Homes in central Florence can be very expensive. Photo by Chandi Wyant

Homes in central Florence can be very expensive. Photo by Chandi Wyant


WHAT’S THE BIGGEST DIFFERENCE BETWEEN BUYING A HOME IN ITALY AND THE U.S?

The market is not liquid like the U.S. market tends to be. Flipping houses is not a thing with Italians. About 70-80 percent of Italians own the homes in which they live. Property is passed down through generations — or if Italians don’t inherit a house, they tend to buy one and one only.

Property in Italy should not be seen as an investment. It’s better to buy if you want to live there forever. Although if you’re not going to live in the property you buy and if it’s near tourist attractions, you can rent it out for income.

If you are concerned about resale, you need to know that it is usually quite difficult to sell a house that is located in the countryside. The best places for resale are the historic centers of popular cities.

WHAT HAPPENED IN YOUR SEARCH?

I looked at about 20 places in Lucca and surrounding area, and about 20 in the center and the outskirts of Florence. Then I got burnt out and stopped.

WHAT DO YOU GET FOR YOUR MONEY?

Price range in Florence: To get a decent-looking but small two-bedroom apartment in the center or slightly on the periphery but not in a horrible area, you are looking at a minimum of 300,000 euros ($360,000) and the kitchen is likely to be barbie sized and it’s unlikely there will be a garden or a terrace. To get two bedrooms with radiant floor heat and a large garden in a great location you are looking at 550,000 Euro ($670,000).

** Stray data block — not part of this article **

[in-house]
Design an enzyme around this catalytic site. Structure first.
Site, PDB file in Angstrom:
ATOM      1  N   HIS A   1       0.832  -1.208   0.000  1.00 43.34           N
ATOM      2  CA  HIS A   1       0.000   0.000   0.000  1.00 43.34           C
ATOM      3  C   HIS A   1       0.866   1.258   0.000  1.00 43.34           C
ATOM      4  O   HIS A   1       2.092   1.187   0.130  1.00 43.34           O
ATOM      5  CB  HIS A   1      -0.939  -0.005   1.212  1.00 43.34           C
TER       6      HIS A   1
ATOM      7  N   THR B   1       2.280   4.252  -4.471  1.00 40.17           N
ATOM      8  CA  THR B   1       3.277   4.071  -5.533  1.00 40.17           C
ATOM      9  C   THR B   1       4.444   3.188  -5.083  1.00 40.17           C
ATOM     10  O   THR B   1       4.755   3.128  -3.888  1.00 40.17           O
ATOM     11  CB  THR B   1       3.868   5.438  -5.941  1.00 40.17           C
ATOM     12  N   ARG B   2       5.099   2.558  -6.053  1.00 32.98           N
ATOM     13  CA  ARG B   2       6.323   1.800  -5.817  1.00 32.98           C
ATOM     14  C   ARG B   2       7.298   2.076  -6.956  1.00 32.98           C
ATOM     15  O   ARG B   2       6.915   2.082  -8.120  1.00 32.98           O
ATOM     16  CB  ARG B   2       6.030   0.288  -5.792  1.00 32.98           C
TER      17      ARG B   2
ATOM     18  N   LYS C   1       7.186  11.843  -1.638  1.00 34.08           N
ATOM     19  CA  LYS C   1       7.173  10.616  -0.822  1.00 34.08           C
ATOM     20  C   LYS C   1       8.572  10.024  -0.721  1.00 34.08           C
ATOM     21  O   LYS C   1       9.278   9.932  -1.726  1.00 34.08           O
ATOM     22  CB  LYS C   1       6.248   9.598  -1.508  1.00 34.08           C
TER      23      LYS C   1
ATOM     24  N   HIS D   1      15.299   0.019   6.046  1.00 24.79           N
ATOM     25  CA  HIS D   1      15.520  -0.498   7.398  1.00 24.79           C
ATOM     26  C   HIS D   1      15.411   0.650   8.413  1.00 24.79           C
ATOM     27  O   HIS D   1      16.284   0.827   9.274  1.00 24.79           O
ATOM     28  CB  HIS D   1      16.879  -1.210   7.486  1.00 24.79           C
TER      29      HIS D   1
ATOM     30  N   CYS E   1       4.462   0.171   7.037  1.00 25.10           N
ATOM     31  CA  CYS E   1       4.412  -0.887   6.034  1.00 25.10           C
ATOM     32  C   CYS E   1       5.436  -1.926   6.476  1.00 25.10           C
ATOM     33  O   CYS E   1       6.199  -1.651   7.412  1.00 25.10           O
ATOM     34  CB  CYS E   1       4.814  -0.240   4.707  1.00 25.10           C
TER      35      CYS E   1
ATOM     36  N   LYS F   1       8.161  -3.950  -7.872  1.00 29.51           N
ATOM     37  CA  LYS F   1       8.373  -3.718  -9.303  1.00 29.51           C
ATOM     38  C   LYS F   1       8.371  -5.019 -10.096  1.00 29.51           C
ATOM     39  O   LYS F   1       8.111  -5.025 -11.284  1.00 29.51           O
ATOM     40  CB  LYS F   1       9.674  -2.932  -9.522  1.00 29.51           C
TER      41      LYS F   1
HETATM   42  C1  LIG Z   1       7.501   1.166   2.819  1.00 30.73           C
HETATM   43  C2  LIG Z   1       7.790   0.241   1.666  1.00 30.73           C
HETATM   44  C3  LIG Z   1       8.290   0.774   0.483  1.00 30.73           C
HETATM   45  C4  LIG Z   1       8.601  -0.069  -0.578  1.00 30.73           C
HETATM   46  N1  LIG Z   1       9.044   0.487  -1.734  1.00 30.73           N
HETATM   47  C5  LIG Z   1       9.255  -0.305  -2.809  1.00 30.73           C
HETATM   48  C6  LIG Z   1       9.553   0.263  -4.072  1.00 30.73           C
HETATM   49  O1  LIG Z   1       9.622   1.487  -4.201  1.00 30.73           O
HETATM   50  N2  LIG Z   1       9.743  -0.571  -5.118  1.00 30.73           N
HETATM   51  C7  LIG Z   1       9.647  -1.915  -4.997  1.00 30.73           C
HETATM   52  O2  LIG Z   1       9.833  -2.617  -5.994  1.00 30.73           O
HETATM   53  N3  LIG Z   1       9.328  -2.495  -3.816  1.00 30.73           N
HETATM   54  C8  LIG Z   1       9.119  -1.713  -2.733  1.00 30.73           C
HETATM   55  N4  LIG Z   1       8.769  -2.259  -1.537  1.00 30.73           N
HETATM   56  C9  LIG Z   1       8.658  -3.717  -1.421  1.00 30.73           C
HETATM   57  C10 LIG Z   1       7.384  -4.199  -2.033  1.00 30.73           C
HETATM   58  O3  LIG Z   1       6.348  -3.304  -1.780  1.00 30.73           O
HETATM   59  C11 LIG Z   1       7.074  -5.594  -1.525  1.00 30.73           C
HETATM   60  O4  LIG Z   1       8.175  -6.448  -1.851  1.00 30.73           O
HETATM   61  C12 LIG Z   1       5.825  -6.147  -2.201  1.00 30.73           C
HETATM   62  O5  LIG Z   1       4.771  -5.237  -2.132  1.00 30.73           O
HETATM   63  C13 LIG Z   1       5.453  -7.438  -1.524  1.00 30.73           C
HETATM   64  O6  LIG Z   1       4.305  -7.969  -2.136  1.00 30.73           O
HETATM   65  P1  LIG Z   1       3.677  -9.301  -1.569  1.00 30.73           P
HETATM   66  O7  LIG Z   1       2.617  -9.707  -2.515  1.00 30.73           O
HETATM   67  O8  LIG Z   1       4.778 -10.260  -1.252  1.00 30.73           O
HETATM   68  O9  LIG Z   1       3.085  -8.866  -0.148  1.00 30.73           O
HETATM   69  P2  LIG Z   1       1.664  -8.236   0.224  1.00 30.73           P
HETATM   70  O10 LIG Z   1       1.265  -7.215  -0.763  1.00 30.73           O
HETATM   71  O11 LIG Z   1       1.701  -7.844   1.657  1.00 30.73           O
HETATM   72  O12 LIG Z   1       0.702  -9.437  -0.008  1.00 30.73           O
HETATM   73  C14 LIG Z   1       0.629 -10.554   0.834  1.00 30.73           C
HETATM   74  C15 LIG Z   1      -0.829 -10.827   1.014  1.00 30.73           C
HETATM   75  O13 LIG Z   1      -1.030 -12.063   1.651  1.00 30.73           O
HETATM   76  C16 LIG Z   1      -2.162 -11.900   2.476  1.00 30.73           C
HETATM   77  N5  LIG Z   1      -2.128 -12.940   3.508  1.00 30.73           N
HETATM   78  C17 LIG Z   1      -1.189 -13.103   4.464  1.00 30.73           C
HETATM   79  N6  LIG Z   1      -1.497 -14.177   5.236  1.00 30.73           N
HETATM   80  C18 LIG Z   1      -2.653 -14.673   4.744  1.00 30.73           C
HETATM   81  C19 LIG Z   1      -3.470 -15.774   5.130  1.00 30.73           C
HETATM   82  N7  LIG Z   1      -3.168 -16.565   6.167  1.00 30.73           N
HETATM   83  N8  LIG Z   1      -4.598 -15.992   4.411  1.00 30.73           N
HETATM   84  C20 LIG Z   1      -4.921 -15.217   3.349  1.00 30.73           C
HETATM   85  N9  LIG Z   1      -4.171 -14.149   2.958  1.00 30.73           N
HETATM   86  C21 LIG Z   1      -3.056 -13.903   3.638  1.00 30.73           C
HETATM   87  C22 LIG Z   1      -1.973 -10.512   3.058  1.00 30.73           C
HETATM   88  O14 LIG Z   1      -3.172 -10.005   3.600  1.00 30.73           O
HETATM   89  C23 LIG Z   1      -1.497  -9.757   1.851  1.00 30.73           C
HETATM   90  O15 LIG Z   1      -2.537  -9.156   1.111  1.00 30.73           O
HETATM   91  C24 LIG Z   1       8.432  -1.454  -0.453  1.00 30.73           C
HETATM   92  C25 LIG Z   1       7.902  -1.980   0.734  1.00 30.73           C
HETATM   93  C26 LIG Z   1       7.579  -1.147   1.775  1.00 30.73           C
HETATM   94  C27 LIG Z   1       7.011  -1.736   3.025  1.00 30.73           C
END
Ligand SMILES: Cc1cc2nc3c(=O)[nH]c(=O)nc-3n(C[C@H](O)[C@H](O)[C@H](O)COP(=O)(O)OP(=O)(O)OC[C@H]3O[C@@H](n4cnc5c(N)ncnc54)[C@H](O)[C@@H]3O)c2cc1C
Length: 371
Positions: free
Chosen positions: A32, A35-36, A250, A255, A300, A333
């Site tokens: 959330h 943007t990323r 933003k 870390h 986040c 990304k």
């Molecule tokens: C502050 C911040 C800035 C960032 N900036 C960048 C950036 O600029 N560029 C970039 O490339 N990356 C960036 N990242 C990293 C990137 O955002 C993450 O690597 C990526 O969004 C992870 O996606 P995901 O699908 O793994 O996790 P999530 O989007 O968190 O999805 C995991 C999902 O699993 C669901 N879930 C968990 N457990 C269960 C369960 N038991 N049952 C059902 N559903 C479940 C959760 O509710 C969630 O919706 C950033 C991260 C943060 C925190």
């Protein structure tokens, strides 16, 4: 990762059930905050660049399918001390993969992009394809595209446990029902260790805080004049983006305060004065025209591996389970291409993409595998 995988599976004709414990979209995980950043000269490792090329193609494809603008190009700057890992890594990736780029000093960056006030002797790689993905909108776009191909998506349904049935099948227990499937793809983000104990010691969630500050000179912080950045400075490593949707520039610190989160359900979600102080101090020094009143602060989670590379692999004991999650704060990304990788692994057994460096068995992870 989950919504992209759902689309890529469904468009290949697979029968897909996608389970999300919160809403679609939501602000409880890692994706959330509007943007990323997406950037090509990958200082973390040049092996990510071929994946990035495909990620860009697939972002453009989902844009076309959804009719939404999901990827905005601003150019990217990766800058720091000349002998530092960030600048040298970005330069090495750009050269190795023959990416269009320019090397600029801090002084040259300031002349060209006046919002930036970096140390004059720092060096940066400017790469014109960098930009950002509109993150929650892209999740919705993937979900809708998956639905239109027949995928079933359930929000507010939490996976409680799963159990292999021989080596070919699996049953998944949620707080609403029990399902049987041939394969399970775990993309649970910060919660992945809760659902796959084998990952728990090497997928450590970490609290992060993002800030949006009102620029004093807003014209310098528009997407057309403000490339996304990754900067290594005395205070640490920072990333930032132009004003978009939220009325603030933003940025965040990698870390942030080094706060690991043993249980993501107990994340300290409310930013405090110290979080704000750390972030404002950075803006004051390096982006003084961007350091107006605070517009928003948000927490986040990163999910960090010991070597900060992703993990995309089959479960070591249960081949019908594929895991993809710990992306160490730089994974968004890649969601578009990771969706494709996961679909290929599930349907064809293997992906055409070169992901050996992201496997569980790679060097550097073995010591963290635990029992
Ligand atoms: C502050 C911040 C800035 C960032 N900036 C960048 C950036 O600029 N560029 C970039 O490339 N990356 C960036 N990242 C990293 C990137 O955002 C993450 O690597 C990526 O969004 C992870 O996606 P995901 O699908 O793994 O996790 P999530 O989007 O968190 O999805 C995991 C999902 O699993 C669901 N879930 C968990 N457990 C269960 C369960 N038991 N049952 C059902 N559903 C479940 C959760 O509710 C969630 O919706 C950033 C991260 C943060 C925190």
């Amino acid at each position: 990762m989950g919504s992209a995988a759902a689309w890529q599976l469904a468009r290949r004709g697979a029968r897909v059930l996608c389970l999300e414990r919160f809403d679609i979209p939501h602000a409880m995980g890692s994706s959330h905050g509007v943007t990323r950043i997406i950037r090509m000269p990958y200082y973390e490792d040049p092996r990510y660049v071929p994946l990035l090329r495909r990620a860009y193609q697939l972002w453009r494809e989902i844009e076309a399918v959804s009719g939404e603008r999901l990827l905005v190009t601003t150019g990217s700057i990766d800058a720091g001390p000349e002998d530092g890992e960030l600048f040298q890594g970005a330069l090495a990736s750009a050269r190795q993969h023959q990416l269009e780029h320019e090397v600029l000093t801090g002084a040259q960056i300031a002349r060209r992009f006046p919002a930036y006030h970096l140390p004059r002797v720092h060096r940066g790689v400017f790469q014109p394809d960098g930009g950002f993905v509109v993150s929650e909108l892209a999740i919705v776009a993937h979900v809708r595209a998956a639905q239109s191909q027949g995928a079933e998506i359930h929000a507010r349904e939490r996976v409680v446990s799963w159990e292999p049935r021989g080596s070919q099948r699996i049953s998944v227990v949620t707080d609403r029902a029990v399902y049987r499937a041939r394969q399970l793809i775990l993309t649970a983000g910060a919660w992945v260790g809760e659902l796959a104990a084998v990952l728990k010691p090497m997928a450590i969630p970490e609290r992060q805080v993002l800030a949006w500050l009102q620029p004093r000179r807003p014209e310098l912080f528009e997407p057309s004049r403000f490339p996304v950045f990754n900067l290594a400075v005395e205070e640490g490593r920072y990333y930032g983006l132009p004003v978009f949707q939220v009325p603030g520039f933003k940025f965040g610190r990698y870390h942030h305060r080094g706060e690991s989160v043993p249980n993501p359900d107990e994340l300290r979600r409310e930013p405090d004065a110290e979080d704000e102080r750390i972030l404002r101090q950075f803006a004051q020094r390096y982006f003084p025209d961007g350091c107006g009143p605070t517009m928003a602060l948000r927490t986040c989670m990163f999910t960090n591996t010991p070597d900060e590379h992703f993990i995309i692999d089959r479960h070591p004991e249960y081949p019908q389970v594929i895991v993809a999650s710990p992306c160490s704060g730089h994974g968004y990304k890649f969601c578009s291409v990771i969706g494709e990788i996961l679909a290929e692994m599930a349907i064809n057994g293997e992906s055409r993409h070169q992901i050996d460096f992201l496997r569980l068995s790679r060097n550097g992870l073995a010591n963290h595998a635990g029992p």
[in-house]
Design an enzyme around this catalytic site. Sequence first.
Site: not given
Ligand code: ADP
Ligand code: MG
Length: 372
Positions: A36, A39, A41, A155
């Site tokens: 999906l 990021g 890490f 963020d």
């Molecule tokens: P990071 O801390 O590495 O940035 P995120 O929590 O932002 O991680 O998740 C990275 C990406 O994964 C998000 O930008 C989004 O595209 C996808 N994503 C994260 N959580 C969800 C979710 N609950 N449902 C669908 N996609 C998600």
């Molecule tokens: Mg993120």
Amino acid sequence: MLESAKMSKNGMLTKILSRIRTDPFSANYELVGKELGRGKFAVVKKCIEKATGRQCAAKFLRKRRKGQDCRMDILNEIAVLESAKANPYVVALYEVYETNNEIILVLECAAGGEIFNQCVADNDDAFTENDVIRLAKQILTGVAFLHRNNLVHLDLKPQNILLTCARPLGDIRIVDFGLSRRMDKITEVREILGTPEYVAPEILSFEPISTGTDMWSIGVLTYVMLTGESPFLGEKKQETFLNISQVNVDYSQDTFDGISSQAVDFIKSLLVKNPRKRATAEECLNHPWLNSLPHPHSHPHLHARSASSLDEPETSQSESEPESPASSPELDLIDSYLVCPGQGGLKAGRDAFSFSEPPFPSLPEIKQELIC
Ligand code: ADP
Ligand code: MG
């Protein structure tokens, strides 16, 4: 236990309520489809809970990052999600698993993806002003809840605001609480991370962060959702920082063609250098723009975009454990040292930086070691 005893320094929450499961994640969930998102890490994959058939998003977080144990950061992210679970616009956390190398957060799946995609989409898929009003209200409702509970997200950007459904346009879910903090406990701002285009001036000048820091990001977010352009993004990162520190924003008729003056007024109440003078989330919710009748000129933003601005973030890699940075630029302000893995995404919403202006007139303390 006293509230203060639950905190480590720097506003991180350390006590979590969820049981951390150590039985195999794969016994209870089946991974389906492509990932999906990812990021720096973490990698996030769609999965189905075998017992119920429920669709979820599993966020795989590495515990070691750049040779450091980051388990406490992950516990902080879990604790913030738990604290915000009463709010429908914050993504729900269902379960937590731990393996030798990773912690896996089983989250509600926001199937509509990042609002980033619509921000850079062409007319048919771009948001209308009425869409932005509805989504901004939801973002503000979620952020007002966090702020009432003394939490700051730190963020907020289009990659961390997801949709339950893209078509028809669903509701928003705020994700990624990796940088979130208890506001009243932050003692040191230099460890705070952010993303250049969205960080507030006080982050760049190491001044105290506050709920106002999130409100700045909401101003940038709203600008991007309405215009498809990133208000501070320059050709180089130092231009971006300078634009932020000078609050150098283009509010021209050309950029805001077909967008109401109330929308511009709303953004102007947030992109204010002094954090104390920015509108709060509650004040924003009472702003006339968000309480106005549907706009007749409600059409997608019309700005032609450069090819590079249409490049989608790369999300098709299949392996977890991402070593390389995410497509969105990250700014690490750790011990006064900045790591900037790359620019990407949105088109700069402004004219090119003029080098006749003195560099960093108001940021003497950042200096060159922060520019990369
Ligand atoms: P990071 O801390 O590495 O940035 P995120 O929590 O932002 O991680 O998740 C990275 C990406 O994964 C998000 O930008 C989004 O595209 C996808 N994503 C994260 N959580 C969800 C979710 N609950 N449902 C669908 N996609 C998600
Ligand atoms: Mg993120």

Living in Tuscany does have its romantic side. Photo by Chandi Wyant

Living in Tuscany does have its romantic side. Photo by Chandi Wyant


WE ALL HEAR ABOUT THE CONFUSING ITALIAN BUREAUCRACY. HOW BIG A PART DOES IT PLAY?

The process of using a real estate agent is different in Italy than in the U.S. Americans are used to choosing a realtor based on who they feel is sympathetic to their wish list, and who they know will go to bat for them. In Italy you don’t have such a luxury. There is no central data base like Multiple Listings Services in the U.S. Realtors have their territory. They represent only some properties. And they work for the seller as well as the buyer, which doesn’t allow for the “They have my back” feeling.

In my experience I spent about a hundred hours during a two-month period, searching properties online, then requesting further info when I saw something interesting, and then I received an onslaught of calls in Italian from realtors and had to set up eight showings with eight different realtors for a two-day trip to Florence.

The amount of realtors I spoke to and met was dizzying and I couldn’t keep them clear in my head. Needless to say I find the U.S. system to be more straightforward and more pleasant.

Finally I found a realtor in Florence who seemed more competent than the others, and who I felt really was taking my criteria to heart. I asked her if I could be exclusively with her. The answer was “Yes but…”